Tell me something about yourself and your background.
I dedicated all my life to architecture; I worked at a number of studios and traditional architecture offices, from small-scale boutique firms to corporate firms. A few years back, I switched to a property tech startup. First time in my life, I moved from architecture office work to something multidisciplinary. This shift was intentional. I felt like architectural work could be more elevated using technology. I felt like other industries were moving forward way ahead of us. So, I pushed myself out and pursued this new challenge in a startup environment.
This transition was very drastic, but I liked it a lot. I hired people and built an excellent team. After being there for a few years, the startup did not survive. After that, I never returned to conventional architectural practice. I started my own consultant design and architectural services and kept generating ideas and dreaming about more technologically inclined ventures in the design space.
Why did you decide to build your start-up?
I wanted to start a company because I always had a vision that certain things could become more efficient in architectural practice. The way we do things, by we, I mean architects, has not changed for decades. The industry has not yet been disrupted on a grand scale. And I see many opportunities for improvement; many things could be automated, and work could be more efficient and productive - with the right tools. Most importantly, more fulfilling and less redundant. So, I decided to use my domain expertise and build a tech company in the architecture industry.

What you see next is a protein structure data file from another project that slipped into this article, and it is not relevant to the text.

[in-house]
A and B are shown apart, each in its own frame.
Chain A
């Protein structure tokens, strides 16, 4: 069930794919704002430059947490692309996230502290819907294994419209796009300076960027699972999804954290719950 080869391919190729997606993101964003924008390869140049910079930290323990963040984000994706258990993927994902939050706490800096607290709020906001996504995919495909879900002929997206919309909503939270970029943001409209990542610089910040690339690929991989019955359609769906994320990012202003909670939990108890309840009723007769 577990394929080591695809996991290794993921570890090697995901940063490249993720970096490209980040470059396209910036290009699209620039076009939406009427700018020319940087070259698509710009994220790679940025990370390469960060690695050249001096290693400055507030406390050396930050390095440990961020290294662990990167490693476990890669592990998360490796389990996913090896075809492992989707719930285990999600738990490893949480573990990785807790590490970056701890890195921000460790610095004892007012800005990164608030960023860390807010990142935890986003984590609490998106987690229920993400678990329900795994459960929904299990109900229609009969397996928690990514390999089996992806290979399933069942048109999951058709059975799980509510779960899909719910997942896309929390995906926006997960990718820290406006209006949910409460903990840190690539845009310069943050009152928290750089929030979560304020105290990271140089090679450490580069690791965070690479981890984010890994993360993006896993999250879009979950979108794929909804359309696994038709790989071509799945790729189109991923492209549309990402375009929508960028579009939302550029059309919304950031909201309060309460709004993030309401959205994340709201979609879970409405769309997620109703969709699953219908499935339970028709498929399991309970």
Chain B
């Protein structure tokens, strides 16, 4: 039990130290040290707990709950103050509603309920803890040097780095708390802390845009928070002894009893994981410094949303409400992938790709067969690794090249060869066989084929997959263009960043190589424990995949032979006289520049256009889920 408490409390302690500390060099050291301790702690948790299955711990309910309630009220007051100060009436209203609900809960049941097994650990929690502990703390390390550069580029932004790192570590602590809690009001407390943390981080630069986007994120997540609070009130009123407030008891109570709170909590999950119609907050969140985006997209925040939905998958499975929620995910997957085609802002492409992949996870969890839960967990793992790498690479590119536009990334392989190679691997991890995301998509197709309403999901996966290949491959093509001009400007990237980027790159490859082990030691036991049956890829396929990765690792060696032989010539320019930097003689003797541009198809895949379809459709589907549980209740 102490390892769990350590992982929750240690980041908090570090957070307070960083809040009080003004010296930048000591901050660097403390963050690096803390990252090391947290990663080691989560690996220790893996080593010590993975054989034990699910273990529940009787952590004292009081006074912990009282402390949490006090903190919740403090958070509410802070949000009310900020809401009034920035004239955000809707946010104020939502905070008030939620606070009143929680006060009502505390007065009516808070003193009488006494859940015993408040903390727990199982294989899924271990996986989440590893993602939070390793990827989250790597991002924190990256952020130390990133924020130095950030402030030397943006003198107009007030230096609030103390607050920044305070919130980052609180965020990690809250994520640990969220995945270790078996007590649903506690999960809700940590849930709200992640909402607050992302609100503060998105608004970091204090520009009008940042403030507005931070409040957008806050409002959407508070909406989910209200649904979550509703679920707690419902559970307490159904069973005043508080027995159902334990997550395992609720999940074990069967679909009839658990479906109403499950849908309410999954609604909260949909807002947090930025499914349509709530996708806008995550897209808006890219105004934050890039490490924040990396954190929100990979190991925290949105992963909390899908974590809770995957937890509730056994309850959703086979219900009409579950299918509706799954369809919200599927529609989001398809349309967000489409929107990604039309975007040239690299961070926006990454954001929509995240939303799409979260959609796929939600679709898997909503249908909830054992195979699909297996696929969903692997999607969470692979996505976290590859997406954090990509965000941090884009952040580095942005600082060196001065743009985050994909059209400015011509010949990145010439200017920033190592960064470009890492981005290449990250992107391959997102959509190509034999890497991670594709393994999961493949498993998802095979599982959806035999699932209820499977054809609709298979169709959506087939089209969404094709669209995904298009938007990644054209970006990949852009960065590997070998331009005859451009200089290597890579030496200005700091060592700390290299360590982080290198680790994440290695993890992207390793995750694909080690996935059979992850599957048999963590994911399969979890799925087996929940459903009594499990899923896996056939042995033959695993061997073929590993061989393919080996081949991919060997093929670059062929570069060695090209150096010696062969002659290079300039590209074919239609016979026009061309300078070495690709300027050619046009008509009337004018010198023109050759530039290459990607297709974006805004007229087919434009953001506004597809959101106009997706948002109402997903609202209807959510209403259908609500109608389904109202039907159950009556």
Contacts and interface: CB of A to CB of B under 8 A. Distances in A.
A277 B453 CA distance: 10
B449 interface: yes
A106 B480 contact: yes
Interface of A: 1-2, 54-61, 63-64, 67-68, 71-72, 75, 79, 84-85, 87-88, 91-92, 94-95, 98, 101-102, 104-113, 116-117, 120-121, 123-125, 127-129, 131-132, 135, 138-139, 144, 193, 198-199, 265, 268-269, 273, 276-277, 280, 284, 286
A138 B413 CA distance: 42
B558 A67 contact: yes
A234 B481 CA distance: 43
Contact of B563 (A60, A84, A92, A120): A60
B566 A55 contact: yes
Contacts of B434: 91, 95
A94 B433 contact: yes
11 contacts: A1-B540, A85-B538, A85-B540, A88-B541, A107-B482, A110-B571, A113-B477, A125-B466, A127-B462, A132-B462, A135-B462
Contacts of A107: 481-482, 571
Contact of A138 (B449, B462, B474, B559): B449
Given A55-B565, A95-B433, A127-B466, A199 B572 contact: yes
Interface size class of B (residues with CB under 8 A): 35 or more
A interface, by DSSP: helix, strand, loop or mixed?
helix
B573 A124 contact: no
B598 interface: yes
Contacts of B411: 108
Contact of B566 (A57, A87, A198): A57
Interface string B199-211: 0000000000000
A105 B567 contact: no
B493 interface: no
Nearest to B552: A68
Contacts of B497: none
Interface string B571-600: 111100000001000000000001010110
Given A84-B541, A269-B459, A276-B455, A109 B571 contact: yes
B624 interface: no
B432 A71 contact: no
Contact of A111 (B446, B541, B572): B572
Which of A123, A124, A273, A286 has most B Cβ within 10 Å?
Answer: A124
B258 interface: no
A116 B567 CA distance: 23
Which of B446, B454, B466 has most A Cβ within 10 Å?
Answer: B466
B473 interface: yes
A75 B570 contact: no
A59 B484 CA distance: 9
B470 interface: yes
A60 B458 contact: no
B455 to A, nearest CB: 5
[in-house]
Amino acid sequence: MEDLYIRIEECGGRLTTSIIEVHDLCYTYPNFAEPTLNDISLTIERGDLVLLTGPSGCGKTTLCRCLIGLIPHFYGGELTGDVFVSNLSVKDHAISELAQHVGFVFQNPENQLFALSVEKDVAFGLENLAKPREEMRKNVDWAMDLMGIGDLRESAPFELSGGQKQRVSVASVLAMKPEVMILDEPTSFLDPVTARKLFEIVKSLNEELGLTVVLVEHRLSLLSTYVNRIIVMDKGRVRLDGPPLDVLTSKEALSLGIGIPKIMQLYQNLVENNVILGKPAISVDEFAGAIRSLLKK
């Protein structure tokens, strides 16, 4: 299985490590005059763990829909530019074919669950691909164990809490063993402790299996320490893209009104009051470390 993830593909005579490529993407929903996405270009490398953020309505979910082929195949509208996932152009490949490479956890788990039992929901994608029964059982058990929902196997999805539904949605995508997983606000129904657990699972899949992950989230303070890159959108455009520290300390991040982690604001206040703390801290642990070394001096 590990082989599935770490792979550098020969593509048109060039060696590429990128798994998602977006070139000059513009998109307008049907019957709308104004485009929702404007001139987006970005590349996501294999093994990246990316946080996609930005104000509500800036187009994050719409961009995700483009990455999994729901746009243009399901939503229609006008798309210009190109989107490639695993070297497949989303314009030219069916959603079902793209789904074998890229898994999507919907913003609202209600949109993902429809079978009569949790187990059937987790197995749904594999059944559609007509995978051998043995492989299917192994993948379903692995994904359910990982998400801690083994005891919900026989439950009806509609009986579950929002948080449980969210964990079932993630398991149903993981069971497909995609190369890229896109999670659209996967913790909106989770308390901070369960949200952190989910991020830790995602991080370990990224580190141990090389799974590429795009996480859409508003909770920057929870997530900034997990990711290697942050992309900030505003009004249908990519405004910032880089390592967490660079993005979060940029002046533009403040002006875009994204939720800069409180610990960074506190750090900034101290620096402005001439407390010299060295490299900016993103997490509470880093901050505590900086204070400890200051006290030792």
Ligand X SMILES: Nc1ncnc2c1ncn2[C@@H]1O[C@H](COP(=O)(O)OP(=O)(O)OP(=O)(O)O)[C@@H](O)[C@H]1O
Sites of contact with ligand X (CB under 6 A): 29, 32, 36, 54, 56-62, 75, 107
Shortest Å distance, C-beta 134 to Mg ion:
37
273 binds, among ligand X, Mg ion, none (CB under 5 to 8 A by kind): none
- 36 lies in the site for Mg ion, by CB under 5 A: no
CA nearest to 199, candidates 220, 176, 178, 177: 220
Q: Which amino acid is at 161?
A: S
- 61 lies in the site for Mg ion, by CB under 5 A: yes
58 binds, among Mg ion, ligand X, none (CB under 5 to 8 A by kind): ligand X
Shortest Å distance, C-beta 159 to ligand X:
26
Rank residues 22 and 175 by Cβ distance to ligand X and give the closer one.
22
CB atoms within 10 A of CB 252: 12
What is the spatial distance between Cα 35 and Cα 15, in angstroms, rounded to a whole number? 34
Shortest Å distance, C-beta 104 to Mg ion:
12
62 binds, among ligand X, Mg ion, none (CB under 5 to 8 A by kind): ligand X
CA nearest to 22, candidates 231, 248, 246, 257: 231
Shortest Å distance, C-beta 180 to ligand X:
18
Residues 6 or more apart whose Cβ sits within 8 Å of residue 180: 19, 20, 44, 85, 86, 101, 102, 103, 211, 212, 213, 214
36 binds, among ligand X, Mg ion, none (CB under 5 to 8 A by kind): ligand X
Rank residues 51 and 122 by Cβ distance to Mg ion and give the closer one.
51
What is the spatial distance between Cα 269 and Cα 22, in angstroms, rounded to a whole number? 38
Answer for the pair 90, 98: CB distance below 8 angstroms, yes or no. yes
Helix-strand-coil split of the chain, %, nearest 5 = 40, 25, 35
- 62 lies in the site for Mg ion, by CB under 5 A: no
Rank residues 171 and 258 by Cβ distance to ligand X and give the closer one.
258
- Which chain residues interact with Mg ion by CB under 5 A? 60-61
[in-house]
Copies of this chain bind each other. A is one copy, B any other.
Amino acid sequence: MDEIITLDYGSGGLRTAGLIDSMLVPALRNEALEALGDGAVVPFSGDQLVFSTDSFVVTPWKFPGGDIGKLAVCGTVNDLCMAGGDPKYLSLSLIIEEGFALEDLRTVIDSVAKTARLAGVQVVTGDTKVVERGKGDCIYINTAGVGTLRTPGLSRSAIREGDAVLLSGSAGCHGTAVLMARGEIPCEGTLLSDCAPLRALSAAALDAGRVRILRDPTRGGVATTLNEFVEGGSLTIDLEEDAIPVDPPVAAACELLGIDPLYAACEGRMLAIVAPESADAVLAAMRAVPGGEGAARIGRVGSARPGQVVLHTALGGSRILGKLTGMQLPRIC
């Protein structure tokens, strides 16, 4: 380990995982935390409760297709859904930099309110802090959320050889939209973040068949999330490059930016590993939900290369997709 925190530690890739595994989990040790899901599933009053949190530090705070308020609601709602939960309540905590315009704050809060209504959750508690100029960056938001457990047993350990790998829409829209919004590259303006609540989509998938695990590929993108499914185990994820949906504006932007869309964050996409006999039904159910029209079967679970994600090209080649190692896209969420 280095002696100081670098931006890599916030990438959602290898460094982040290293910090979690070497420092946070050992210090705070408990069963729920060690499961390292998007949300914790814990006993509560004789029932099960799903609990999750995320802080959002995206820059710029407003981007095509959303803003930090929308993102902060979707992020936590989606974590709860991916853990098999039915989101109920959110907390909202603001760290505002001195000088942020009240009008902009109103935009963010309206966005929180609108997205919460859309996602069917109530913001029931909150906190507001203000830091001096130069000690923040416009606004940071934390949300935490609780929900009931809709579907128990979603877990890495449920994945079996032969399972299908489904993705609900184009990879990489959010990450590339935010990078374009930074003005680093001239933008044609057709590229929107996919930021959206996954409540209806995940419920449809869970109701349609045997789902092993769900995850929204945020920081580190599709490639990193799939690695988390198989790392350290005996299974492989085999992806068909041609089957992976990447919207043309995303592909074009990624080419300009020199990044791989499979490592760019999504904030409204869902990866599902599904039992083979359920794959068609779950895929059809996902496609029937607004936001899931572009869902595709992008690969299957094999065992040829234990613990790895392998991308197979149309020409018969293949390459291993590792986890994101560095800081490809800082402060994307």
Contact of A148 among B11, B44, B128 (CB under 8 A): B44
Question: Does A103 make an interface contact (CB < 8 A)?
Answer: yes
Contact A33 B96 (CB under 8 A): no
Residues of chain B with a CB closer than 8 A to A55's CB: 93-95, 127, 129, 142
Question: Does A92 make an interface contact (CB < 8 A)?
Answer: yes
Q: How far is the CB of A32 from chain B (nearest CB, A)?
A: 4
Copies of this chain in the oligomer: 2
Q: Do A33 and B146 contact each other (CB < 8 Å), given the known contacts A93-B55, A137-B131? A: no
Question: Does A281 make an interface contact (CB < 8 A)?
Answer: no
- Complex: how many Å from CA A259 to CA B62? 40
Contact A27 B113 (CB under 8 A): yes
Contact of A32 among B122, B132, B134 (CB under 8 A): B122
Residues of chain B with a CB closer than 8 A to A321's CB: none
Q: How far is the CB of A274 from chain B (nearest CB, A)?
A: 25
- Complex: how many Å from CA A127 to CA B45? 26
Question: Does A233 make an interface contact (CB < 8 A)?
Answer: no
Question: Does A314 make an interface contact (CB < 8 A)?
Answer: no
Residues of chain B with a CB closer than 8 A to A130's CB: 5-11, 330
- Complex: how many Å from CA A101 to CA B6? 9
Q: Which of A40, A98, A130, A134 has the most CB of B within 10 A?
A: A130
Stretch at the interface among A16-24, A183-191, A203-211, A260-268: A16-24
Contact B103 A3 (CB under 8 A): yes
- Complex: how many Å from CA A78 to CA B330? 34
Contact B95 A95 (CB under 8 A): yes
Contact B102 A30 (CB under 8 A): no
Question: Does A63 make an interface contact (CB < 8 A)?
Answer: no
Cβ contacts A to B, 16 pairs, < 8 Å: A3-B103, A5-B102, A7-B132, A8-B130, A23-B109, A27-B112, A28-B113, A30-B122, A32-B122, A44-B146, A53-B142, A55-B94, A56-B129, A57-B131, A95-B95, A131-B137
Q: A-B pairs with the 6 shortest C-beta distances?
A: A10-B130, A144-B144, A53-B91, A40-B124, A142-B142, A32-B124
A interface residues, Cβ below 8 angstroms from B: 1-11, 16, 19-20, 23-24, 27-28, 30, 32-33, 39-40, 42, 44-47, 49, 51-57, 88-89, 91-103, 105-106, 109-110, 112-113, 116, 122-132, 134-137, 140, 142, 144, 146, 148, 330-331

Why now is the right time for you to build your start-up? You could have done that before but decided to do architecture consulting…
I have worked at very small architectural firms with under ten people, but also in large multinational corporations. I noticed the same inefficient patterns that give me a very good signal that there's room for disruption. So the first reason now is that the timing is right because there are more sophisticated tools out there that we can deploy; the market needs this.
Combining this with my domain expertise and experience from a startup as well as building my business gives me the right mixture of skills to build something myself. Not completely myself, but rather with the right co-founder.